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Bluebirds, family Turdidae,  belong to the genus Sialia, from the Greek meaning “a kind of bird.” Not a very helpful description. The three Sialia species, all North American, are the Eastern Bluebird, Western Bluebird, and Mountain Bluebird, semi-descriptive but not very imaginative names. At 7 inches long with a 13 -inch wingspread, they are small birds with a small, thin bill. Eastern Bluebirds are blue-bodied with a buffy orange chest and chin. Western Bluebirds look similar but their blue is slightly brighter and a blue throat resides above their buffy orange chest. The Mountain Bluebird lacks any orange and is a dusty blue gray all over. Insect eaters, all three species prefer open woodlands or grasslands where they can pursue prey. Avian Report has a nice article on the differences between the species.

File:Western Bluebird (m) (37938912111).jpg - Wikimedia Commons
Eastern Bluebird

Bluebirds nest in cavities. In parts of the country bluebirds are declining, partly because of habitat destruction and partly because of the dearth of nesting sites. Many cavities have been usurped by Eurasian Starlings and House Sparrows, dead trees have been felled to decrease fire danger, and wooden fence posts have been replaced by plastic or metal ones, impossible for woodpeckers to create cavities in. There have been increases in some parts of the country where people have been motivated to erect bluebird houses. In 1978 Dr. Lawrence Zeleny founded the North America Bluebird Society in order to promote the preservation of bluebirds by putting up nest boxes. Zeleny dedicated much of his life to providing nest boxes and managing bluebird trails. There is also the NWTF Eastern Bluebird Conservation organization. You can buy bluebird houses and bird feeders at

Western Bluebird – Oregon Conservation Strategy
Western Bluebird

Sometimes Tree Swallows, smaller than bluebirds, will compete with them for a nest box. Bluebirds may demonstrate aggressive behaviors to protect their boxes. Tree Swallows rely on screaming, persistent intrusions, dive-bombing, and pecking on the fly to intimidate bluebirds. In contrast, a bluebird’s usual tactic is to guard the box, make hostile displays, and only as a last resort flies out to intercept the swallow, sometimes grappling with it and even tumbling with it to the ground. I have observed this, but I have also observed a pair of Tree Swallows who waited a week or more, peacefully coexisting with an incubating nest of Western Bluebirds. The Tree Swallows just bided their time sitting on the box when they were not out feeding. When the young bluebirds fledged, the Tree Swallows moved into the box. Everyone was happy. There is even an example of an Eastern Bluebird brooding young Tree Swallows.

File:Mountain Bluebird 6900vv.jpg - Wikimedia Commons
Mountain Bluebird

Bluebirds will nest 2-4 times a year, depending on conditions. Not being the most loyal of spouses, it is not uncommon for a brood of 4-5 eggs to have as many fathers.

The spiritual meaning of bluebird is joy and happiness. This ancient belief spans nearly every culture, from ancient China to Native American and European folklore. Funny thing, there are no bluebirds in China or Europe. I have no idea what the bird in China might be, but in Europe, House Martins are sometimes mistakenly called bluebirds and there is even a song, There’ll be Bluebirds Over the White Cliffs of Dover, written in 1941 in the midst of WWII.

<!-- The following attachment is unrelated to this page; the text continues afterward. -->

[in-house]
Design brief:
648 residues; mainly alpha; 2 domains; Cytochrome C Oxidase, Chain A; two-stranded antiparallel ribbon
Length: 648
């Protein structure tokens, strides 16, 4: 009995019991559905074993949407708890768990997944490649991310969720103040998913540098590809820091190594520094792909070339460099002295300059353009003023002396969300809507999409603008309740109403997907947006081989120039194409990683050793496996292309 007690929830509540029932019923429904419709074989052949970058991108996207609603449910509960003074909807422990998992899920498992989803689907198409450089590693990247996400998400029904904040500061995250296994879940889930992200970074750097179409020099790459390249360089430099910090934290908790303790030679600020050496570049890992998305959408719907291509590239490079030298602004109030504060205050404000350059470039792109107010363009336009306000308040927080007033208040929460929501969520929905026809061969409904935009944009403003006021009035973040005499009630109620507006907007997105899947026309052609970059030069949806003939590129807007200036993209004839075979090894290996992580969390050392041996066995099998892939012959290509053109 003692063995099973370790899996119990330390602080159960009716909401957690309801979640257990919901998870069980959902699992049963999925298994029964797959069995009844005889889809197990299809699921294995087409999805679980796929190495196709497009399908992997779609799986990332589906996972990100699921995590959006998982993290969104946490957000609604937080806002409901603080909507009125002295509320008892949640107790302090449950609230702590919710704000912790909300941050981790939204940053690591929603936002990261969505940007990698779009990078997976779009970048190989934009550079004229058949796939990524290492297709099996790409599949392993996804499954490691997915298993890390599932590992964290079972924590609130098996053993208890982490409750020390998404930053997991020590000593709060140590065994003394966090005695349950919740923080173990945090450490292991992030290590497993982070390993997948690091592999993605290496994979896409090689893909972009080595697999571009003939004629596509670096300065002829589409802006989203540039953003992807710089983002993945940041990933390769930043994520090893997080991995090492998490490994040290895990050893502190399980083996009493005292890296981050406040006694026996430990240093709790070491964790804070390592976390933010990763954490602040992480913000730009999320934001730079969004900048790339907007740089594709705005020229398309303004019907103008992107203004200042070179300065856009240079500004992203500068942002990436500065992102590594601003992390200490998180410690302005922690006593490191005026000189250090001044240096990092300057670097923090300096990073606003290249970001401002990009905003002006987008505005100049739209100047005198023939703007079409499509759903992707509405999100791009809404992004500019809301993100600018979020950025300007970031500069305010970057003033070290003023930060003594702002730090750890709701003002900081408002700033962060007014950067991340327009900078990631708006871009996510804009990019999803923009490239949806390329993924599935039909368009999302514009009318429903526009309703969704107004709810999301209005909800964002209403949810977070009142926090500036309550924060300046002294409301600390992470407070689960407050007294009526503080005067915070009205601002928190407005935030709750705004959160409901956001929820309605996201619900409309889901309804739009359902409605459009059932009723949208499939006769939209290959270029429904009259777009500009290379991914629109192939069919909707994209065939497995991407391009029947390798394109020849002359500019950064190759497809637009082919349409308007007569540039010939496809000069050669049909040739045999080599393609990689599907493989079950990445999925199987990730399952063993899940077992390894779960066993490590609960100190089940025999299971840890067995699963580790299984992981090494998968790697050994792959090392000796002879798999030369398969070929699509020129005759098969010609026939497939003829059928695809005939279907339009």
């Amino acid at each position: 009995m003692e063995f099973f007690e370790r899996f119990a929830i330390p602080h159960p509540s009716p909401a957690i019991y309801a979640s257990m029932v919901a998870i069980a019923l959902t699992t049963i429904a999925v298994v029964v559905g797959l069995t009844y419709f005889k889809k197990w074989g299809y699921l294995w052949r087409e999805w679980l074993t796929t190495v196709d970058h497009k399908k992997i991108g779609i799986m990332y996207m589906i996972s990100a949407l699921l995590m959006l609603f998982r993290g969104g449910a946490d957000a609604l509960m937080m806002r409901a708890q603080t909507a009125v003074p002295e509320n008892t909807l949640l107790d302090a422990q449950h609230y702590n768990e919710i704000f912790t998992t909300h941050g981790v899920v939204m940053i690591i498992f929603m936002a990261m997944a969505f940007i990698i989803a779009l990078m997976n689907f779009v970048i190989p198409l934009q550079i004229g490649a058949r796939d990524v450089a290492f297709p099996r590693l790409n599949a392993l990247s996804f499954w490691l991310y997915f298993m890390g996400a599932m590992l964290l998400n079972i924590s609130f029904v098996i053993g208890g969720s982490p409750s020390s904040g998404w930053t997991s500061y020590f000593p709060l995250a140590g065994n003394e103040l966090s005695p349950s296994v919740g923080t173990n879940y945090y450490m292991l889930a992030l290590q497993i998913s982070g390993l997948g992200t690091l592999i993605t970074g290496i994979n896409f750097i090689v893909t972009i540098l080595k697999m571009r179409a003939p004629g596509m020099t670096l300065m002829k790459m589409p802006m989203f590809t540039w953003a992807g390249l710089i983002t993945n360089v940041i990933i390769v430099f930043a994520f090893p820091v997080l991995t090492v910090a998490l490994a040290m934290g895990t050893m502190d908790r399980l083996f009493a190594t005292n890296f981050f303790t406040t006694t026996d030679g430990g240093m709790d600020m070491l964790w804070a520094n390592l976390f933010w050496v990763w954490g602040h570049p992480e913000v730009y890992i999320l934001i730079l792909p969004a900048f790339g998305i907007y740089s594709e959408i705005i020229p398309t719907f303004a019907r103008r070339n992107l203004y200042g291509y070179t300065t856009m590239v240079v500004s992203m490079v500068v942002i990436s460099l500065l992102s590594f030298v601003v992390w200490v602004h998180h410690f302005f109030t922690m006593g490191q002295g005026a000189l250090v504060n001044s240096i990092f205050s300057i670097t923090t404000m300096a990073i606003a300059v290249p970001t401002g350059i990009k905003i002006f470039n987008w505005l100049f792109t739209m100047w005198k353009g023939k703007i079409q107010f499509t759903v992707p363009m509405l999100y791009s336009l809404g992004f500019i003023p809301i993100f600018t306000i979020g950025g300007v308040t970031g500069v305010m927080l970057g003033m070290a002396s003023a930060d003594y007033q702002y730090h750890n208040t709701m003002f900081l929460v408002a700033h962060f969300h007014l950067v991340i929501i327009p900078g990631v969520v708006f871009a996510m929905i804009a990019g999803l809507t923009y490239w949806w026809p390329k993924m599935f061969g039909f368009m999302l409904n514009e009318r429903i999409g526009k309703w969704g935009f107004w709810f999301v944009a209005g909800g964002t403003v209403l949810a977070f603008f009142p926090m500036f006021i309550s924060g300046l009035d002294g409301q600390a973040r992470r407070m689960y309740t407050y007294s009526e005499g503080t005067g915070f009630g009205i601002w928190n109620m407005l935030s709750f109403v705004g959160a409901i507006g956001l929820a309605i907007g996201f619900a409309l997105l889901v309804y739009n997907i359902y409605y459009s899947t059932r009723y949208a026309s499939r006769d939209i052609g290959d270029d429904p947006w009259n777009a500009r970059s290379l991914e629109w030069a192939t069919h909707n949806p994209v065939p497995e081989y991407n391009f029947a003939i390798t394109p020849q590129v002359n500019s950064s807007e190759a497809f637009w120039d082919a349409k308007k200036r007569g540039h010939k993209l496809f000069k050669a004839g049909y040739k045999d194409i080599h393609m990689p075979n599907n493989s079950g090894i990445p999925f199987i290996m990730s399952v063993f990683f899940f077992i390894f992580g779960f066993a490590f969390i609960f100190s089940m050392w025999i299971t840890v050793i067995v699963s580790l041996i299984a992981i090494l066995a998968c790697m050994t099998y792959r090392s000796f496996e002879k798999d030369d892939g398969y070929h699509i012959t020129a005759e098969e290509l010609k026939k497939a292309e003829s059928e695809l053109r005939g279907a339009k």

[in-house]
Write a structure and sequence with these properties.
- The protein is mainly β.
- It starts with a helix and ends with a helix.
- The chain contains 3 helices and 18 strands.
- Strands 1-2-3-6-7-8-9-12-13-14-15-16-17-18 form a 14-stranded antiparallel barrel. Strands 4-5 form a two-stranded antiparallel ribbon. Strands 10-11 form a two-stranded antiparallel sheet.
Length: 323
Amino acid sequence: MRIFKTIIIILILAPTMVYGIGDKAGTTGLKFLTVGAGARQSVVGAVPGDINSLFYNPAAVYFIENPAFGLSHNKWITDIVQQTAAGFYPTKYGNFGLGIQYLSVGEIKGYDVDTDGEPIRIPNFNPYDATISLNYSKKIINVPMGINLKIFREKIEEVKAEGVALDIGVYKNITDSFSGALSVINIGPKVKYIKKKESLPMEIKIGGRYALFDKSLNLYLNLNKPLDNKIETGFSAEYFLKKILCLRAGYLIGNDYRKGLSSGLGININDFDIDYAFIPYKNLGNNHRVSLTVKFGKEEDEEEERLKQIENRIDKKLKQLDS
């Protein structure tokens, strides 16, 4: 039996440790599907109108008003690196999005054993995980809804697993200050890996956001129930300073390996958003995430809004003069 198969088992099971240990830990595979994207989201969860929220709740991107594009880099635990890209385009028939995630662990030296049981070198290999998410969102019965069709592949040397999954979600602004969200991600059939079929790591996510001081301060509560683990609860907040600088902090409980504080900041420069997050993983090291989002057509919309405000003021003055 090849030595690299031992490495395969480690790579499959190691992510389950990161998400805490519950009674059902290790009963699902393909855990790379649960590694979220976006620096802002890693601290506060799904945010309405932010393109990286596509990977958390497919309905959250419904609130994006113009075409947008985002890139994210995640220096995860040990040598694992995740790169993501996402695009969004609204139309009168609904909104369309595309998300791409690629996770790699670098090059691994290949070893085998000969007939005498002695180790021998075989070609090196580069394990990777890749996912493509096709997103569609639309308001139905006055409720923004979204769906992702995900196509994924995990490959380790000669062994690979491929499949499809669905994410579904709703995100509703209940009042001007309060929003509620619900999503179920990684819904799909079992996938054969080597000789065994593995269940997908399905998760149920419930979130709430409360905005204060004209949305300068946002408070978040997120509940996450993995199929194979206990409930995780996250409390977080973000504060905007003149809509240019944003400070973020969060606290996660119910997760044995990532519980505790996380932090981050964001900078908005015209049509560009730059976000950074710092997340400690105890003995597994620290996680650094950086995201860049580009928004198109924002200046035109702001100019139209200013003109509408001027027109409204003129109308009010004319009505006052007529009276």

May the bluebird of happiness fly up your nose. Whatever that means.

14 thoughts on “Bluebirds”

  1. Let’s not forget the destruction of the 90 million acres of longleaf pine forest in the southeast. When the Red-cockaded Woodpecker loses 97% of its habitat and is extirpated from large regions, the bluebirds lose valuable cavities where European Starlings aren’t as competitive. Our short term over-exploitation of natural resources is a consequence of capitalism out-of-control.

  2. What a great overview of a beloved group of birds. I have to say that mountain bluebirds are the most magical of the three for me. I used to live and work on the Zuni Reservation in New Mexico, and some of the soils and cliffs there are a burnt orange-red. Seeing a large flocks of powder blue mountain bluebirds on some of the sacred cliffs, was well, divine.

  3. Thanks for presenting Bluebirds. This is Nevada’s State Bird, Mountain Bluebird (sialia currucoides). They can be found living in a few areas of Calico Basin and Sheep Range and other places. Nevada has more than 150 mountain ranges. For example Egan Range which is 108 miles long and has a high ridge at Ward Mountain at 11000, feet.

    1. I commented earlier but want to add that I am the State Assistant Program Director with the California Bluebird Recovery Program and we’ve collected data from nest boxes monitors since 1996. Our average annual fledge of secondary-cavity nesters is 16,000 statewide. If you run into any research about any of the secondary-cavity nesters that you don’t mind sharing, please, do. Our email is on the website. Thank you again for the article on bluebirds. While the Western and Mountain bluebirds are our signature birds, we promote the conservation of all the secondary-cavity nesters in our nest box program.

  4. Ref Georgette Howington: I would look at our website at It list State & Local Organizations and National Organizations for conservation and ornithology. Thanks for your link…

    1. Thank you, Raul. I will do that! CBRP is an affiliate of The North American Bluebird Society and we have partnered with Audubon California on a project in 2021.

      I pray all is well for you and your family. Thank you for helping the birds and environment.

  5. Pingback: 5 Types of Blue Birds in North America - Chipper Birds

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